Re: command [argument ...] in ssh(1): a footgun

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On Sat, May 27, 2023 at 02:45:34AM +0200, Thorsten Glaser <t.glaser@xxxxxxxxx> wrote:

> On Sat, 27 May 2023, raf wrote:
> >So, perhaps this could be added to the existing
> >sentence/paragraph:
> >
> >  "so any spaces in individual arguments must be
> Must they? No, a single space will do just fine.

They do if you want the receiving shell to not interpret
the space as a separator between arguments.

> >  quoted using the syntax of the destination
> >  user's login shell".
> … keeping in mind the source shell’s quoting as well.
> >If an example were needed, something like these should
> >make it clear:
> >
> >  ssh user@host ls -l "'a b'"
> >  ssh user@host "ls -l a\ b"
> This one, incidentally, sends 'ls -l a b' to the remote shell.
>    ssh user@host "ls -l a\\ b"
> has the effect you want; the first backslash is eaten by the
> local shell.

Perhaps that depends on the local shell. It works with zsh.
Testing with dash would probably be better. That works too.
I think you might be wrong. I think the slash would only
be eaten by the local shell if it weren't inside doublequotes.

> >  ssh user@host "ls -l 'a b'"
> But you could also just do:
>    ssh user@host ls -l \'a b\'
> Only if it’s more than one space, or different whitespace,
> does this come into effect.

That wasn't one of my examples. That wouldn't work for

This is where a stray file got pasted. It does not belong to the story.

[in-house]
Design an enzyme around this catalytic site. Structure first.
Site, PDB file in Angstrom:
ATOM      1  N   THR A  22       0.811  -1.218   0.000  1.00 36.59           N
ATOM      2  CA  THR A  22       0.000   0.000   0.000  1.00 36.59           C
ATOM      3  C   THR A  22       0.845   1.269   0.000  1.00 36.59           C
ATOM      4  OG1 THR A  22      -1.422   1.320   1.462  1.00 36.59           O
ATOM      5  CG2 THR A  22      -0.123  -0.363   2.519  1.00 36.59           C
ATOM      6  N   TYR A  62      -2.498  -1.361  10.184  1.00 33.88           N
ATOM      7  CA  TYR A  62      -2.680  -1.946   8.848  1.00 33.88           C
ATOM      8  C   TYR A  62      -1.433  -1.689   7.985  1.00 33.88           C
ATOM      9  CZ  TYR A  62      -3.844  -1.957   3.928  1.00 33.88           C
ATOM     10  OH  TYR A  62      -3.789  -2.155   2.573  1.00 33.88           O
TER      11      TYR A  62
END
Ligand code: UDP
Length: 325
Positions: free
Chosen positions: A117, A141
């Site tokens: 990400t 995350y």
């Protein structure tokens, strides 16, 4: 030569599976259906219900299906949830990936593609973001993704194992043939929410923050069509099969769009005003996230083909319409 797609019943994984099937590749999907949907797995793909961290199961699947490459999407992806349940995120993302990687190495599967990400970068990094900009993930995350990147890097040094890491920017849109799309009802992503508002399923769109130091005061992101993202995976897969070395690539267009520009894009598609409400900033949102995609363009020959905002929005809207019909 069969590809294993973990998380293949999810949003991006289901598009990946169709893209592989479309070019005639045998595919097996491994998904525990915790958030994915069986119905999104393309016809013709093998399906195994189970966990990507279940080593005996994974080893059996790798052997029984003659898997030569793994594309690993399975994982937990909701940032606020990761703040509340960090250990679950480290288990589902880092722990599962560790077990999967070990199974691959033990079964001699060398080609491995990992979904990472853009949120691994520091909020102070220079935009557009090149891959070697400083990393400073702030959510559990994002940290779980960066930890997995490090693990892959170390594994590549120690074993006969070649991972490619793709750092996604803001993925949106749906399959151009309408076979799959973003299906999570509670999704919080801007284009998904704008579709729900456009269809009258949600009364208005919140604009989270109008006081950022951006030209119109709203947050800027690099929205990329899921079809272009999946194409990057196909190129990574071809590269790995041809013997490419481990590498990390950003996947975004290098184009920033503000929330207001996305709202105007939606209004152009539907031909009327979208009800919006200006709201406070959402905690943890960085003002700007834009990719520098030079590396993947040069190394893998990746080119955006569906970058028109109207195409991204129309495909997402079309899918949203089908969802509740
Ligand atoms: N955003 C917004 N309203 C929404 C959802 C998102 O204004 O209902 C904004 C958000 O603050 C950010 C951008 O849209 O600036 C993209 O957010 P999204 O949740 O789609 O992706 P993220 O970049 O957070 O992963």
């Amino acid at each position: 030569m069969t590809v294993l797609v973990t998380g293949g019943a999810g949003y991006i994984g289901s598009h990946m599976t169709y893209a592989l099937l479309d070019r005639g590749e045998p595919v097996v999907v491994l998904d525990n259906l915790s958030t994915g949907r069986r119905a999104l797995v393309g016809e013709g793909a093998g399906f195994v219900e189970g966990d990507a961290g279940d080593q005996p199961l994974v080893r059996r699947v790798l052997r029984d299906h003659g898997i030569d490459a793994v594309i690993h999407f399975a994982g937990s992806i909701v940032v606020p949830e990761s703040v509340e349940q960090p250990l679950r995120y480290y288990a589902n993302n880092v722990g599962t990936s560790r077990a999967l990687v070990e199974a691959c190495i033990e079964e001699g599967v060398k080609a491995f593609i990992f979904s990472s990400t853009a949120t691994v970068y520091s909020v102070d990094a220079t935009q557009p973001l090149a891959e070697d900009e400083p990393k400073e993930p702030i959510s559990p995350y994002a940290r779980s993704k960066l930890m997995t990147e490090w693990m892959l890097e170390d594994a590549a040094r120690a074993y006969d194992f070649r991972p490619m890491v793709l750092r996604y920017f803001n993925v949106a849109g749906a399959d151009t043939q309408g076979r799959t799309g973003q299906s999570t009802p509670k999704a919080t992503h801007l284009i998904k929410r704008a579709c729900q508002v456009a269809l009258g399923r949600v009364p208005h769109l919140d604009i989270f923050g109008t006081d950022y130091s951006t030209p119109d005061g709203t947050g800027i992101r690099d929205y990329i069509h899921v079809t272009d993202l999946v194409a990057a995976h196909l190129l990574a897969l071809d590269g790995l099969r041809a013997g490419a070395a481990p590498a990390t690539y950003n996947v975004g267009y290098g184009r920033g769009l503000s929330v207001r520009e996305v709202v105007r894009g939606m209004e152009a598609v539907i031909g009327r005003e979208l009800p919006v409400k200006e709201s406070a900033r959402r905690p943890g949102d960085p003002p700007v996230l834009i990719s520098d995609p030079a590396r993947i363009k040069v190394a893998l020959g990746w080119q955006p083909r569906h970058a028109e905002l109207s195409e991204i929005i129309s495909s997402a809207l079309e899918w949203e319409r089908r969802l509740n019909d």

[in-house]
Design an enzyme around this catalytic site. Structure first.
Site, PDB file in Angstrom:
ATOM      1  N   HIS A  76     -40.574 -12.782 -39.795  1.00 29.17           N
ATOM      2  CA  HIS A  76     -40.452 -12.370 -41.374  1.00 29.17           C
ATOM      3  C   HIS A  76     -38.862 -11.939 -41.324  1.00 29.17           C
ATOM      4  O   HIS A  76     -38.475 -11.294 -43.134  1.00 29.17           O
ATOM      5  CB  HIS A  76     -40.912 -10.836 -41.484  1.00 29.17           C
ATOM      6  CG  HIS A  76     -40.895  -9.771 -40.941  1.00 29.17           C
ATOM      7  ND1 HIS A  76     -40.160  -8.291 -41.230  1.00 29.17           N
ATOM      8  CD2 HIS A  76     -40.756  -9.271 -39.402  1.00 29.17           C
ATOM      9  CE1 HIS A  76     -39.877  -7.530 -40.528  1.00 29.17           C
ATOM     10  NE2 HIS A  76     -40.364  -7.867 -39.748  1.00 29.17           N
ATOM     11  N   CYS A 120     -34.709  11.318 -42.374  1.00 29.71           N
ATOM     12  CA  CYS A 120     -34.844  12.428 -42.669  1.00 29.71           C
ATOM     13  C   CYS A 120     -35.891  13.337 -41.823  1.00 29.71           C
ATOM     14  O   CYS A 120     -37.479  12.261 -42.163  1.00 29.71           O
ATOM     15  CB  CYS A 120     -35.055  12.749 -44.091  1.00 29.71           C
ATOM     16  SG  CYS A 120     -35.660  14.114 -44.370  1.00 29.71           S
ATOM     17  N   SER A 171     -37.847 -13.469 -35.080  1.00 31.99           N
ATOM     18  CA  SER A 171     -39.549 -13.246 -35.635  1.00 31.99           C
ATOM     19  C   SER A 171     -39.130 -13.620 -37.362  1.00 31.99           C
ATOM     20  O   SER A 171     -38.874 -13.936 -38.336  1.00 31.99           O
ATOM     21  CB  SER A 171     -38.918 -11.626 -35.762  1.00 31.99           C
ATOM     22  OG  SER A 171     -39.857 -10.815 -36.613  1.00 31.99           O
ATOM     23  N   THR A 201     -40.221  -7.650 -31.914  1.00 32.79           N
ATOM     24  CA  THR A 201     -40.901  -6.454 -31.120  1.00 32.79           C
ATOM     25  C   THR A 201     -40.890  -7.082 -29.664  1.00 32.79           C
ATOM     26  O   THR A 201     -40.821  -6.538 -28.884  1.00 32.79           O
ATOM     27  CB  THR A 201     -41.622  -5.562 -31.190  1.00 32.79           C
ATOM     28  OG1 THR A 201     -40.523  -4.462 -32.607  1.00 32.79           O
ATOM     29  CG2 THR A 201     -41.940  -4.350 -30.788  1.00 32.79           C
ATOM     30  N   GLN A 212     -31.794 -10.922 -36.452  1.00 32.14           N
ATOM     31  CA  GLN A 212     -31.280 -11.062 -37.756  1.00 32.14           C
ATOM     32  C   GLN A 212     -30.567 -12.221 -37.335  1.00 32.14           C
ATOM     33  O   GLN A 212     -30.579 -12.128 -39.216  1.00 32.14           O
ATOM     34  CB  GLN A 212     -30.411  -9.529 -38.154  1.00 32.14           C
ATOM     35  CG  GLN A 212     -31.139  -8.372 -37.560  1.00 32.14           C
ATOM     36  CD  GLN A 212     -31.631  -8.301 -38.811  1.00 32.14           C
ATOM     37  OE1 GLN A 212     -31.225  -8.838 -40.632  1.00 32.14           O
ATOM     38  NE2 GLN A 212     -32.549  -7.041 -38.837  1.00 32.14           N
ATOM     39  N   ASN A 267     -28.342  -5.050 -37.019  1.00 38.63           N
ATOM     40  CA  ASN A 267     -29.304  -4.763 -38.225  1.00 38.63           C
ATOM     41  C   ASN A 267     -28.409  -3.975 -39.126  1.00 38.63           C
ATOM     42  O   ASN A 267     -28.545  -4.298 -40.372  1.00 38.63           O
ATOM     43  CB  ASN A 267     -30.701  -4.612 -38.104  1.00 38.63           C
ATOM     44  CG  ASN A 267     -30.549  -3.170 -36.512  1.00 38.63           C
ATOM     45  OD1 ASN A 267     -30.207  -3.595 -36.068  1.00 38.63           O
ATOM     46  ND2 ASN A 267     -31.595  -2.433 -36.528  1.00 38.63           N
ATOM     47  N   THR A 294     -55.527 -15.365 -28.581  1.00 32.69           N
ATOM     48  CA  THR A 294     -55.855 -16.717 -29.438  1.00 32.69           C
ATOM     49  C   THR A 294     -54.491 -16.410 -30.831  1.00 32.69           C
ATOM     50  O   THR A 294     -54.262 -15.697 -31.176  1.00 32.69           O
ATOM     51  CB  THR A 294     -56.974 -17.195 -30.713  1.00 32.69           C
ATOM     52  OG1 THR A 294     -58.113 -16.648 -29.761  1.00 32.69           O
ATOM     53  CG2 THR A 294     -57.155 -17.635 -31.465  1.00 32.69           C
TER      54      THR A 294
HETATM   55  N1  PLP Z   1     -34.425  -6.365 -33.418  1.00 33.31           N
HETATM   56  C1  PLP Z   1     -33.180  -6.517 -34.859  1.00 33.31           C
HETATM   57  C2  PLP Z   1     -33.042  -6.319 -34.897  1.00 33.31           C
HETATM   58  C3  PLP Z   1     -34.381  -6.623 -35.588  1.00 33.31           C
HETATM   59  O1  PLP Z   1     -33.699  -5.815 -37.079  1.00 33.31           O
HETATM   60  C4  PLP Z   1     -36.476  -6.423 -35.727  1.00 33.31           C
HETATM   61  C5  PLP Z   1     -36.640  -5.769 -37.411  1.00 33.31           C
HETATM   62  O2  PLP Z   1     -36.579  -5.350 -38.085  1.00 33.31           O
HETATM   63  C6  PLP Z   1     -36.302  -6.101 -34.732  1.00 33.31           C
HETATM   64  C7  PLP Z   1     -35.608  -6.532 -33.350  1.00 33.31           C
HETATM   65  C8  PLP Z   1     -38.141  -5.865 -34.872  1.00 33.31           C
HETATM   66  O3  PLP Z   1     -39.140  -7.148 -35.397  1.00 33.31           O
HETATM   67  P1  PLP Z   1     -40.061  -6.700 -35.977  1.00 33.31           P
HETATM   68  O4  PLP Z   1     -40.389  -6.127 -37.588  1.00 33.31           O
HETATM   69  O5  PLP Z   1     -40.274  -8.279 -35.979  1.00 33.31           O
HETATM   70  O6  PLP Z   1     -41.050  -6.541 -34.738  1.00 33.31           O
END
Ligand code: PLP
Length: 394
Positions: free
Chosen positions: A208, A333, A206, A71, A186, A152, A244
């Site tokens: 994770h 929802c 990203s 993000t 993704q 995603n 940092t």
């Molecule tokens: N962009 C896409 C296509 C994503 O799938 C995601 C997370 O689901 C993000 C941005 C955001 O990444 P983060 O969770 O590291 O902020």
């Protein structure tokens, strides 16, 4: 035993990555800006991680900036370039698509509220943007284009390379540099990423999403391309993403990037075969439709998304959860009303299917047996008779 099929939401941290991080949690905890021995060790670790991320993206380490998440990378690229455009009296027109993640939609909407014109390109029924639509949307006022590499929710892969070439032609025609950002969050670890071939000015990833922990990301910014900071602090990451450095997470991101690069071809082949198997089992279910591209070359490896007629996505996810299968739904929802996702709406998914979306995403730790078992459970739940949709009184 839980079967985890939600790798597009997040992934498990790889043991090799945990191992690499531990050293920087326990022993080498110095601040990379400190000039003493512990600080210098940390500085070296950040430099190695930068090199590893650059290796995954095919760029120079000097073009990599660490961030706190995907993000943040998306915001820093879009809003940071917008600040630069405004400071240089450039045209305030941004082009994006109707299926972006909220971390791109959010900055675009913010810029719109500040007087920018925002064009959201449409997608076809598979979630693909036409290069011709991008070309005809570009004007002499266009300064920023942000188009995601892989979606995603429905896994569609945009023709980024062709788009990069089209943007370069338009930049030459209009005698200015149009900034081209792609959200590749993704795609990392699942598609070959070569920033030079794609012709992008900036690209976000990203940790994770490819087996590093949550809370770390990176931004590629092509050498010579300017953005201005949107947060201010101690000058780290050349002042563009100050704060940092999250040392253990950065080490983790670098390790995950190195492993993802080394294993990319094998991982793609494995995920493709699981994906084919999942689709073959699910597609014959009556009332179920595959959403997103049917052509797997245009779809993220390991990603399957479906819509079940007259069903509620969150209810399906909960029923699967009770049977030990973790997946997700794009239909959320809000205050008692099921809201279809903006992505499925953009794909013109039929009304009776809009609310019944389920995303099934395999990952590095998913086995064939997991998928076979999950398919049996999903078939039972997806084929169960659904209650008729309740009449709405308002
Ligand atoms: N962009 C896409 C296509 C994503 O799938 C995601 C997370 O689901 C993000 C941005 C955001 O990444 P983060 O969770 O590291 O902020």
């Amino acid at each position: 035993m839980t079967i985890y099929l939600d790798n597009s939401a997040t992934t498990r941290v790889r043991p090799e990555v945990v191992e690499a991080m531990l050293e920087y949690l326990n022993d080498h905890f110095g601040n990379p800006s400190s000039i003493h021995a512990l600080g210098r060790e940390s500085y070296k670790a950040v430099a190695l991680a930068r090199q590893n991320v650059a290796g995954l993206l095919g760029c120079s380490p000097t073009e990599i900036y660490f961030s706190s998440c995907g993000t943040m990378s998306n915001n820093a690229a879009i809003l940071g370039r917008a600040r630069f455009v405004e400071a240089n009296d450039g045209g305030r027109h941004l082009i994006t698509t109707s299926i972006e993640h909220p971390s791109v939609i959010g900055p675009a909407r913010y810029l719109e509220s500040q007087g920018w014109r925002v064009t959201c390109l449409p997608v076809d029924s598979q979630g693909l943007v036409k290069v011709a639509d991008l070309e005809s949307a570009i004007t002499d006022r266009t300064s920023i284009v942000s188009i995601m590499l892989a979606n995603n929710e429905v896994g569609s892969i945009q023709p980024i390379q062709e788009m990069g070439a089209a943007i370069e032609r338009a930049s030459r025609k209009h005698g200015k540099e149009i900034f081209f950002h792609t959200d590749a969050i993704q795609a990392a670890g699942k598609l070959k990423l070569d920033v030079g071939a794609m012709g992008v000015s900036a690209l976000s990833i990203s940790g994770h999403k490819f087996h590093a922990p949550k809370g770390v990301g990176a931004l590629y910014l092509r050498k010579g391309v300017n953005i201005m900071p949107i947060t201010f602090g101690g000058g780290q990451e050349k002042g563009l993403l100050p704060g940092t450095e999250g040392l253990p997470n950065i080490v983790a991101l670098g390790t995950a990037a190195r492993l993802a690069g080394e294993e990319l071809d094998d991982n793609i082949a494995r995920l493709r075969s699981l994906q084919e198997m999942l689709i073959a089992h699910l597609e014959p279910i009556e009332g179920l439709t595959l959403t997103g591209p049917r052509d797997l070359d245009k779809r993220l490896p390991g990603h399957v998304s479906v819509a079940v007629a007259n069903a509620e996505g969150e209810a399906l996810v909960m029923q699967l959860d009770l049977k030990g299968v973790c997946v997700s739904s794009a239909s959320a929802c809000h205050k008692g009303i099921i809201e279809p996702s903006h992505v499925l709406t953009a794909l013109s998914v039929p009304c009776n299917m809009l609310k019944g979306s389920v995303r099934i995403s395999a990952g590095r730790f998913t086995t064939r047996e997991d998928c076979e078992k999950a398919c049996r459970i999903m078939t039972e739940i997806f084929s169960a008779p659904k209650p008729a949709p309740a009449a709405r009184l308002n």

a file "a  b", as you say.

> The more important point is things like pipes and redirections anyway.

For them, the entire command needs to be quoted.

> >Putting the extra information in a separate CAVEAT
> >section is less helpful. I think it's better to put it
> >where the feature itself is documented. People looking
> Perhaps, perhaps not. Too much information in one place might have
> the opposite effect. I’d rather give a short line there, with a
> reference to .Sx CAVEATS below.

Yes, as long as it explicitly refers the reader to CAVEAT.

> >Not knowing the details of each user's login shell is
> >precisely the reason that ssh couldn't ever do the
> Yes, exactly.
> But for…
> 	ssh remhost ls -l \>foo
> … it MUST NOT quote the I/O redirection sign, otherwise
> the redirection would not work. That’s why I’m saying it
> needs not and must not quote.

The redirecton sign isn't a space. We're talking about spaces.
But the redirection does have to "quoted" locally otherwise
it would apply to the local process, but it would need to
be quoted like this:

  ssh remhost "ls -l >foo"

> bye,
> //mirabilos (current developer of a POSIX-compatible shell)
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